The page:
Tír is an animated graphic novel series following the lives of five women as they struggle to survive on an inhospitable planet. Set in a speculative post-earth future, it explores the cyclical and inescapable nature of human oppression.
Tír was a semifinalist in the 2016 Adobe Design Achievement Awards, and was featured at the summer 2016 Games for Change.
For an in-depth discussion of my thesis project in its entirety, peruse .
Tír is a multiple-perspective narrative analyzing how a speculative dystopian setting can be used to explore diverse perspectives, social structures, and human nature.
Dystopian narrative and the Science Fiction genre has long been used as a platform for social commentary. The veil of fiction allows the writer to address issues of her own world through metaphor, provoking thought through a removal of preconceived context. Our society is riddled with issues — however much we profess to have progressed — and the 2016 election has brought a lot to the forefront of our collective consciousness. Hard-won rights many of us hoped were said and done, like access to abortion [thanks, Roe v. Wade] and finally legalized gay marriage, have become campaign issues up for debate and removal. I don’t know why we are surprised, considering that the Civil Rights Act was passed in 1964 but the #BlackLivesMatter movement is still so necessary amidst rampant police brutality and systemic discrimination.
None of the issues we face today are new. The social discrimination, political fear-mongering, and web of structural inequalities have progressed and regressed throughout the centuries of humanity in a cycle of repetition and oppression. Human nature is such that we always find an Other, a group not like ourselves in some way that we can fear, focus on, and oppress in the name of “protection”. Ignorance of another people has generally made this Other designation much easier to place—humans often fear what we do not understand—but in this age of connection and information, there is no excuse for wallowing in such small-minded ignorance and hate. Fear leads to a lashing out, “strike before you can be struck” mentality. The target of this mentality is frequently misplaced, which is quite evident in the raging Islamophobia and Transphobia pushed today.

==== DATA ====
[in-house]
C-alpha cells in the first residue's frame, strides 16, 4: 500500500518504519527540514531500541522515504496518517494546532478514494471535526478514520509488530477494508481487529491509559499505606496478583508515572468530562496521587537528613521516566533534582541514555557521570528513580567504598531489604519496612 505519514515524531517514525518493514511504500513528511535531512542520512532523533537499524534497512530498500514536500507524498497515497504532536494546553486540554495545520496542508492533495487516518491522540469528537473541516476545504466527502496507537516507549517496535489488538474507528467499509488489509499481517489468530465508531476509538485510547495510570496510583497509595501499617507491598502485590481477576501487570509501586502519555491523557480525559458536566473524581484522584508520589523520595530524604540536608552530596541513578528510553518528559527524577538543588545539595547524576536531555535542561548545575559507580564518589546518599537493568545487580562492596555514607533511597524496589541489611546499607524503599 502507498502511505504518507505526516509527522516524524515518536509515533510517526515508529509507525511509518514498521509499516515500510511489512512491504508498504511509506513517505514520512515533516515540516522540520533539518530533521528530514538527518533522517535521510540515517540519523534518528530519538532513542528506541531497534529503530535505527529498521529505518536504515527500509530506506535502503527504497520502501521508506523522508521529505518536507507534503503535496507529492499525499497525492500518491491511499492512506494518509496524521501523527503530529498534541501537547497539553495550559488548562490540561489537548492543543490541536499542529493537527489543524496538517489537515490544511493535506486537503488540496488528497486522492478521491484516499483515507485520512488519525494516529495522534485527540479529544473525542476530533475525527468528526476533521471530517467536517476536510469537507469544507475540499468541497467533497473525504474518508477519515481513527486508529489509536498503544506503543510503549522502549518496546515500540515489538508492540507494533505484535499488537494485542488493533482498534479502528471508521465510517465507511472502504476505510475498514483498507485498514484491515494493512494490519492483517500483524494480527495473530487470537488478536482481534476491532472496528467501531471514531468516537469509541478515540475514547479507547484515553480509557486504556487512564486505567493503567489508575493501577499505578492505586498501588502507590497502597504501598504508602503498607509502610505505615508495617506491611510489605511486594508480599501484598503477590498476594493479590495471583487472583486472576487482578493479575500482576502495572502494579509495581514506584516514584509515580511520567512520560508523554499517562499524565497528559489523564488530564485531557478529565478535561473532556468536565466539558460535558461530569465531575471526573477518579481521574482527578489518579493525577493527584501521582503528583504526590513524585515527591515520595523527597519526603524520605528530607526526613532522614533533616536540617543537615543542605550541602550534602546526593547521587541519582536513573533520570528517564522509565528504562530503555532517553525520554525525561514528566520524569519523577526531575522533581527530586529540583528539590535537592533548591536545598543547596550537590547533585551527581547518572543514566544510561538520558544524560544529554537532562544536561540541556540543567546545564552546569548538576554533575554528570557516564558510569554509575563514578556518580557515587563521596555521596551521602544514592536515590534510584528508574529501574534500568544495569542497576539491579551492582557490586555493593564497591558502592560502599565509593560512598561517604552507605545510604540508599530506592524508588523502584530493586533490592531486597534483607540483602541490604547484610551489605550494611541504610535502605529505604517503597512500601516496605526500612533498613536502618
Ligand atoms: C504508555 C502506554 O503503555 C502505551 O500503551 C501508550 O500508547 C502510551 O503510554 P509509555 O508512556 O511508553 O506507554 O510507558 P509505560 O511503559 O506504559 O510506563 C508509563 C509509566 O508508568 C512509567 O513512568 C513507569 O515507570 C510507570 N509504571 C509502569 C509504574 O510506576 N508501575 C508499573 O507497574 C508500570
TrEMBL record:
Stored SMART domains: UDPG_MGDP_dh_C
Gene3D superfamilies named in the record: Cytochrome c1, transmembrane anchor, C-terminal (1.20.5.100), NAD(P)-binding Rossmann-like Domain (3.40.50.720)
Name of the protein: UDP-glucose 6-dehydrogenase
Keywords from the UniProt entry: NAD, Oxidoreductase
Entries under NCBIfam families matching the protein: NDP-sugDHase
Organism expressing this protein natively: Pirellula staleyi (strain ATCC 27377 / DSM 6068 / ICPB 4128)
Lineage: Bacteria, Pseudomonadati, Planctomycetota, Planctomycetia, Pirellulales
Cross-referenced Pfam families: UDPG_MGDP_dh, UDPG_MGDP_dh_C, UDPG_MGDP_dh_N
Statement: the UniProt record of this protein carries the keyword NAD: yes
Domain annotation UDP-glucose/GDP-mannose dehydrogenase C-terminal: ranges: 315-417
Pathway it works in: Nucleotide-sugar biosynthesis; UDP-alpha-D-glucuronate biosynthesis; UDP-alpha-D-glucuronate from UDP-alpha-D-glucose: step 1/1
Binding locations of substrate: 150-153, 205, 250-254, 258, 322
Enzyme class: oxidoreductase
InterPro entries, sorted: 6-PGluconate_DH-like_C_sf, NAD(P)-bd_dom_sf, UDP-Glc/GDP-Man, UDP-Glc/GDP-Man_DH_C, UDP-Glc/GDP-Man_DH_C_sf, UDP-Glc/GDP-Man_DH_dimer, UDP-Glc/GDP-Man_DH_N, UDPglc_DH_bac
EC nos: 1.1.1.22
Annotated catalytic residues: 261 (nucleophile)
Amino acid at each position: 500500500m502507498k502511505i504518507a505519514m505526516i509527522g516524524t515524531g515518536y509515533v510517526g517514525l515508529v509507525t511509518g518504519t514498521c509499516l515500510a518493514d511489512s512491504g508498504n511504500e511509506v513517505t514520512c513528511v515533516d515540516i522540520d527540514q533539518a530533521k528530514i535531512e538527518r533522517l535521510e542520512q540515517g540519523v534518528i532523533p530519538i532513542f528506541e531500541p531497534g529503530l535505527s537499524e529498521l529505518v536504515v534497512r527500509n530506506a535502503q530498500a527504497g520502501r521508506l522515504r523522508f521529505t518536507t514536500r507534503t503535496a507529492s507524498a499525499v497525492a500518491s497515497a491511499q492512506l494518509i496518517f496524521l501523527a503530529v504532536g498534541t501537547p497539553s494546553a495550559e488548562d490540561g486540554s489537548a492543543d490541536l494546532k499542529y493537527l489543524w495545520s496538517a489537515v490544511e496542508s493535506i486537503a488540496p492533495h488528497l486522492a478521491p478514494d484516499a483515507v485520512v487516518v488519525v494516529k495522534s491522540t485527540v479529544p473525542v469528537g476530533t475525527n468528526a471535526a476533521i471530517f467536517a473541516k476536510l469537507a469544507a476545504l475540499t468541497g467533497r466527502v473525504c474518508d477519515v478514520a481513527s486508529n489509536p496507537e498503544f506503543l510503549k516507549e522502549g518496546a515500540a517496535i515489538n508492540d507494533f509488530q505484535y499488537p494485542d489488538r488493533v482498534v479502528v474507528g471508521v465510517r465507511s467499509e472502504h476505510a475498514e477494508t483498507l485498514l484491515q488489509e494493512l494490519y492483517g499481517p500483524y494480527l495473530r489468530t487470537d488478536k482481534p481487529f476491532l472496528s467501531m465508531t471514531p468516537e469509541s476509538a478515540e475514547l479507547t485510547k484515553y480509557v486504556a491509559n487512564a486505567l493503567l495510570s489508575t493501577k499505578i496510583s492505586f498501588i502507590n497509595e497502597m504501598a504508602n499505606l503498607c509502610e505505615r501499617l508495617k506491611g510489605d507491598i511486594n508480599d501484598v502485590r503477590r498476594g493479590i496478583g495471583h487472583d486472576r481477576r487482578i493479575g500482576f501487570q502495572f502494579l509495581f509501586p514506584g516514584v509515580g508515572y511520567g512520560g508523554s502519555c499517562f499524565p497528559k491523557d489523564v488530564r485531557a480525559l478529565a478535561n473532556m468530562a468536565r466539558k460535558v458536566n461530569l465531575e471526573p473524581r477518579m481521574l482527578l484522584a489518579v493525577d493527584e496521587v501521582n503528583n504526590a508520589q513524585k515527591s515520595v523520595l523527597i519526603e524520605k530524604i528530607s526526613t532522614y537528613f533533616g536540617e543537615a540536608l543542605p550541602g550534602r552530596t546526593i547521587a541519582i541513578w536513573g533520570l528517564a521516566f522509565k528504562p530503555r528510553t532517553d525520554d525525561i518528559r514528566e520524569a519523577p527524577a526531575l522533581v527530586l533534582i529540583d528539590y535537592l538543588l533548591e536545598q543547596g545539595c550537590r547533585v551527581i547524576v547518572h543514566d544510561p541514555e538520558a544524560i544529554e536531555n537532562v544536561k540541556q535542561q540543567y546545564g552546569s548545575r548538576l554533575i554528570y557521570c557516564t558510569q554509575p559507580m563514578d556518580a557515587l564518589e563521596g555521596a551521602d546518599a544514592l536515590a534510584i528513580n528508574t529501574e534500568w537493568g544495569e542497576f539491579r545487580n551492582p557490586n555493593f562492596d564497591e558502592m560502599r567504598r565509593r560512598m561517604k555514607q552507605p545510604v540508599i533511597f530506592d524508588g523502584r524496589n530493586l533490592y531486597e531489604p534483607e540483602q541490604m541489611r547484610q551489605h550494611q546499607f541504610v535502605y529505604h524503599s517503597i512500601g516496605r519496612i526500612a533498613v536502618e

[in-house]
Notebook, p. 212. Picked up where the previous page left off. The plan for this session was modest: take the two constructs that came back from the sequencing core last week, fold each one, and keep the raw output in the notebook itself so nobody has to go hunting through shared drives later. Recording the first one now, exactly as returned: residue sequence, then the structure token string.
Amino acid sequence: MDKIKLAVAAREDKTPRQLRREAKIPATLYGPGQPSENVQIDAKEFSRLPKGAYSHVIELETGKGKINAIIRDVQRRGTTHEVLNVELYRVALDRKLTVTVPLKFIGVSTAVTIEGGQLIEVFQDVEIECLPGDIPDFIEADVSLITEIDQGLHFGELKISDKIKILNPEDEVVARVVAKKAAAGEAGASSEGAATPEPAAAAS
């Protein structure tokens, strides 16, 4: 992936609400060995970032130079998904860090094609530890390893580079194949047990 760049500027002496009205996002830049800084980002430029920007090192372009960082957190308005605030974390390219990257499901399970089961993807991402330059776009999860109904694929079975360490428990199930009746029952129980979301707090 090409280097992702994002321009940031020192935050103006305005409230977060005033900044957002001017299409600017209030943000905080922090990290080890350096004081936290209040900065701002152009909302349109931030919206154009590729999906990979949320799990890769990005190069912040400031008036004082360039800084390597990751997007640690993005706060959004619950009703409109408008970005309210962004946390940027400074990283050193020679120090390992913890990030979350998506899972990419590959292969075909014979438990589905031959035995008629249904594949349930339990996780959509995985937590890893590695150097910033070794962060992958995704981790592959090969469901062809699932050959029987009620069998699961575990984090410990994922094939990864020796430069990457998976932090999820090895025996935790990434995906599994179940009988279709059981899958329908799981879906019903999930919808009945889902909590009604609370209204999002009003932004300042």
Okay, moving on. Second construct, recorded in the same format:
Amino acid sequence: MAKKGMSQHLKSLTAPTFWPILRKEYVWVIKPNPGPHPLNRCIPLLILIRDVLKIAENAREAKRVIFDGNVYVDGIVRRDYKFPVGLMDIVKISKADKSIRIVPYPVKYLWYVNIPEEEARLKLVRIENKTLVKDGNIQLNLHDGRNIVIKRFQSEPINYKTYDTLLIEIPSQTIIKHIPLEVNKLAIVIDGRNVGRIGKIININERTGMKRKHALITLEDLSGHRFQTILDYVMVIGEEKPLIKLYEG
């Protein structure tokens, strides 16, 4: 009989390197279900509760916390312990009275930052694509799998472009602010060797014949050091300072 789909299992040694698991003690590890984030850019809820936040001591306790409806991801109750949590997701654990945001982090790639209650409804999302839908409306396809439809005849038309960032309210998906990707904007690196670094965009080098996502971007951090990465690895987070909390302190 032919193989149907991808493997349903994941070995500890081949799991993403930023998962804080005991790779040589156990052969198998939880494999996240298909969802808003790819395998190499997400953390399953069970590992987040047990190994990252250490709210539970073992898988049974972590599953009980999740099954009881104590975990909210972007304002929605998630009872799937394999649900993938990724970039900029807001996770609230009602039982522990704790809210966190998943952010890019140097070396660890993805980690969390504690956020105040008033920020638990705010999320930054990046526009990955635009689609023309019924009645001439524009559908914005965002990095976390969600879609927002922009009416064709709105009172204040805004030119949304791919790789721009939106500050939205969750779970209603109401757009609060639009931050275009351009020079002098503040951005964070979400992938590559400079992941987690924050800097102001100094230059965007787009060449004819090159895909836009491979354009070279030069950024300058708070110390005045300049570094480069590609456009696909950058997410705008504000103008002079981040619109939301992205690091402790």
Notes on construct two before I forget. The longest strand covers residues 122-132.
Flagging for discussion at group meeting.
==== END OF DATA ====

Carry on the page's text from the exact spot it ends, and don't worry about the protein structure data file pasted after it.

Once people have an Other to fear, they lash out without further thought or consideration. They are able to remove the humanity of the Other: they are no longer fellow humans with thoughts, emotions, or fears of their own; they are only seen as a faceless and monolithic threat. This dehumanization of the Other has had horrendous consequences before, yet memory has faded and here we are again.
The repetitive nature of oppression persists despite all notions of social progress. Perhaps my simultaneous outrage and resignation to this fact is what prompted my lifelong attachment to the genre of dystopian narrative. Descriptions of futures corrupted and curtailed by inescapable human nature are fascinating in their simultaneous absurdity and horrible possibility. My work attempts to address questions of the nature of humanity and the cyclical nature of oppression. We would like to think that society progresses as time does, yet somehow we keep returning to the same issues of subjugation and domination over and over again. The speculative future I have constructed delves into the archetypal, oft-repeated circumstances involved in bringing about fear and oppression.
Tír explores the interior lives and experiences of individual women as they respond to these exterior conditions of tightening oppression. Each protagonist is of the oppressed group, but experiences it differently. As they interact with each other and with those around them, each of their expressions — of feminism, of action, thought, and word — is rooted in personal experience and perspective. This exploration of varied identities and responses to events reflects the intersectional feminist movement of today in its consideration of the differences in systemic oppression faced by each individual based on their life experience along vectors of privilege such as race, class, sexuality, and gender identity.
I have a lot of feelings on the state of our world, and if you would like to read my more extensive inspiration for Tír, please refer to .